Where do you find your style inspiration and how do you channel that into your me-made wardrobe?

My inspiration can come from anywhere: sometimes a particular fabric “speaks” to me, a specific pattern starts the spark, other times I decide I just have to replicate something I’ve seen in a designer’s collection. I rarely lack inspiration to sew something new for me and I’m constantly sketching and taking notes before I forget, since I get distracted quite easily. The downside of this is that I don’t have the time to make everything I’d like, and it can get frustrating at times, because you have to pick your projects very carefully.

Who are your style icons and why?

I don’t think I have a proper style icon, I really like to look around and pick what I like here and there, sometimes from people who have very different styles. I use Pinterest a lot to collect outfits I like and people you can see in my boards are celebrities like Dita von Tease and Emma Stone, but most of my inspiration comes from my favourite style bloggers, such as calivintage, The Clothes Horse, Yesterday’s Sweetheart, Iris loves Fashion.

Are there any particular designers that you use for inspiration?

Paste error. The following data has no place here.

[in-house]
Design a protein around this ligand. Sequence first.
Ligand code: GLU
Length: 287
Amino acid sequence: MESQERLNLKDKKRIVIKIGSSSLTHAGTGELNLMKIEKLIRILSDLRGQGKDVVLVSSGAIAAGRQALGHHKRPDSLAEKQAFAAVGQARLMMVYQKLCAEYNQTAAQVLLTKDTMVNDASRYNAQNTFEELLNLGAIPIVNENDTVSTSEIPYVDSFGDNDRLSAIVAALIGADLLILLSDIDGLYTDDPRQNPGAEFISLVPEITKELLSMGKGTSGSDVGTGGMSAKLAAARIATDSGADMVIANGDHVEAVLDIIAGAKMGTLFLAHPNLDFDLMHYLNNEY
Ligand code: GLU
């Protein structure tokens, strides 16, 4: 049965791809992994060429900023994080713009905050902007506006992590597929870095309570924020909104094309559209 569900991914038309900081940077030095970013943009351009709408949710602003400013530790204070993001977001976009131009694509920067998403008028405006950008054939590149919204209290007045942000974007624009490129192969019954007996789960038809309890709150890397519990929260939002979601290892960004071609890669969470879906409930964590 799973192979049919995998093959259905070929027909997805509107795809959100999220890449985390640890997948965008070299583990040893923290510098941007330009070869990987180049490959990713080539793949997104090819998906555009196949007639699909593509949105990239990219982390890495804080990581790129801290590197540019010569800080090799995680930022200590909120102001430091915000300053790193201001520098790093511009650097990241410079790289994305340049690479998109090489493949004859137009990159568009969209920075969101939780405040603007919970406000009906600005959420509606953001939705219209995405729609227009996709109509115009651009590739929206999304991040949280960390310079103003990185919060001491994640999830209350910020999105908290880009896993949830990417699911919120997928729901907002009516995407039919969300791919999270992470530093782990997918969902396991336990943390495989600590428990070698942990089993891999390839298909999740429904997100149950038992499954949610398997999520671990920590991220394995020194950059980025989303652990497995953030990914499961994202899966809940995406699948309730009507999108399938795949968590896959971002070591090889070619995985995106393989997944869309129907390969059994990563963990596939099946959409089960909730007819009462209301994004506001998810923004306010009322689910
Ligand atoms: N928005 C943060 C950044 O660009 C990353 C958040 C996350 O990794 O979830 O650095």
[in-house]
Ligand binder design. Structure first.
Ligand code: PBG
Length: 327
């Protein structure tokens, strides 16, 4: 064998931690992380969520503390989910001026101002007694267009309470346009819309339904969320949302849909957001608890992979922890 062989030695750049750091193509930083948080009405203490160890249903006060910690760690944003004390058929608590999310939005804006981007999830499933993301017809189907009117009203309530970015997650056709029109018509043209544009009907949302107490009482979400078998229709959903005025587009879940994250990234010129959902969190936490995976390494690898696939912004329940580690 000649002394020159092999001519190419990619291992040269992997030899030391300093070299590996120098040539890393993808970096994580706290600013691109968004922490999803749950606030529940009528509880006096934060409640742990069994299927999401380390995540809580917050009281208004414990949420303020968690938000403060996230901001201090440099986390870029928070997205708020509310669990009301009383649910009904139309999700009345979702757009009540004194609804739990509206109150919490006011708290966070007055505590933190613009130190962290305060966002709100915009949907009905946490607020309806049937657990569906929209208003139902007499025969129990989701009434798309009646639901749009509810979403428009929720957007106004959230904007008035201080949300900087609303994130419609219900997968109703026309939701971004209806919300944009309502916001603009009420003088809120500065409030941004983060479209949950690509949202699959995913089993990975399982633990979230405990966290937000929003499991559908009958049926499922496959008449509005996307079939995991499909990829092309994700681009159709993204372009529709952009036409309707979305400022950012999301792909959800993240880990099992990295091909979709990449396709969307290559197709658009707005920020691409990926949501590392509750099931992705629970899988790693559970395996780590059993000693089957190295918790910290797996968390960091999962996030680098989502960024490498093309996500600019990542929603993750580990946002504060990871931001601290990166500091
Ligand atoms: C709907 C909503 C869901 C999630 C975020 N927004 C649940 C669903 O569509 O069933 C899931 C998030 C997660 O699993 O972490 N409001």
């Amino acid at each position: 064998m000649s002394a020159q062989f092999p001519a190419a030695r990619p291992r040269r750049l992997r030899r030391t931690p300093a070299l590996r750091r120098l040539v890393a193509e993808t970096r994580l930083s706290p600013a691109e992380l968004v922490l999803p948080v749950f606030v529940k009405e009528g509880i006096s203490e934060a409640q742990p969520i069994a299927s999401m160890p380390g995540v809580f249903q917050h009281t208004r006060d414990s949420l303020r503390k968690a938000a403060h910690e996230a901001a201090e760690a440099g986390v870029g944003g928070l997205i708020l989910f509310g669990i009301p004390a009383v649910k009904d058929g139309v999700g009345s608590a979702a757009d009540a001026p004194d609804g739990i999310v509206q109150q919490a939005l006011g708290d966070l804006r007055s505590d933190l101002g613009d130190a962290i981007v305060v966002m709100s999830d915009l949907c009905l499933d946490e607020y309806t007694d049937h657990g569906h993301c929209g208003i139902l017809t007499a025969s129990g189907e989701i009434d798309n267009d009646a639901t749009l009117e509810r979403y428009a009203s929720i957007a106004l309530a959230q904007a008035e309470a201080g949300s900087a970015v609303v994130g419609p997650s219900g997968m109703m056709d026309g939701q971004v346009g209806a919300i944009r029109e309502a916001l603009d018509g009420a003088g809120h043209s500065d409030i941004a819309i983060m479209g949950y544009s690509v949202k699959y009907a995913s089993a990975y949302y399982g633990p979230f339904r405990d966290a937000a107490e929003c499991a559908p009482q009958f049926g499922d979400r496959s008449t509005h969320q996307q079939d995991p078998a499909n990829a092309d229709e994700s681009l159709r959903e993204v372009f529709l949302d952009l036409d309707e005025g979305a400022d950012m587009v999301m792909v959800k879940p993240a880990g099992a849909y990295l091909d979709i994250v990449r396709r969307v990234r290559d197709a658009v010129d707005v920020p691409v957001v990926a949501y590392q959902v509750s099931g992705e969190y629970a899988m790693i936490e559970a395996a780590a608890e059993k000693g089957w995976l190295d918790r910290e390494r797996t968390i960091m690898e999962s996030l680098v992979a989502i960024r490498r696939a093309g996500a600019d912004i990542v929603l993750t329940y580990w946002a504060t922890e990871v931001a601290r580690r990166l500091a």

The inspiration folder on my computer is filled with images from the collections of Orla Kiely, Dear Creatures, Lazzari, Sessùn, tba. They all channel the girly vibe with a retro twist that I love so much.

Dear Creatures

Dear Creatures

If you had to select one self-stitched garment that really encapsulates your style – what would it be and why?

I’d say it’s my Apple Print Banksia dress: first of all, it’s a dress, the type of garment I sew and wear most. It features a peter pan collar, a cutesy print, it has pockets and it makes me happy just to look at it. A close, second place goes to my more recent Belladone dress. I love them equally :D

Paunnet's Apple Print Banksia Dress

Paunnet’s Apple Print Banksia Dress

Belladone dress

Belladone dress

Do you ever take risks and experiment with your look? What’s worked and what hasn’t?

I like to experiment with my hair and makeup, I’m not afraid to try new things and change it up often. I recently started to cut my own hair, which is quite scary at the beginning, but so empowering!

As far as clothes are concerned, I’m quite settled in my style, I’ve started to understand what works for me and what doesn’t, but I still like to try new things once in a while. This summer, I tried the high/low hem trend that was incredibly popular: in one case, it backfired. The second time around, instead, it went wonderfully!

Black and blue Roxanne dress

Black and blue Roxanne dress

There are certain looks some of us just can’t pull off… do you have a style bugbear?

Being quite short and curvy, I’ve always envied tall, slender girls who can wear oversized tops and skinny trousers and look amazing and effortless. I slowly and painfully learnt that this type of silhouette doesn’t work on me… anything that doesn’t give me definition at the waist and that doesn’t detract attention from my hips and derrière, I’d better avoid.

What would be your dream outfit, existing or otherwise?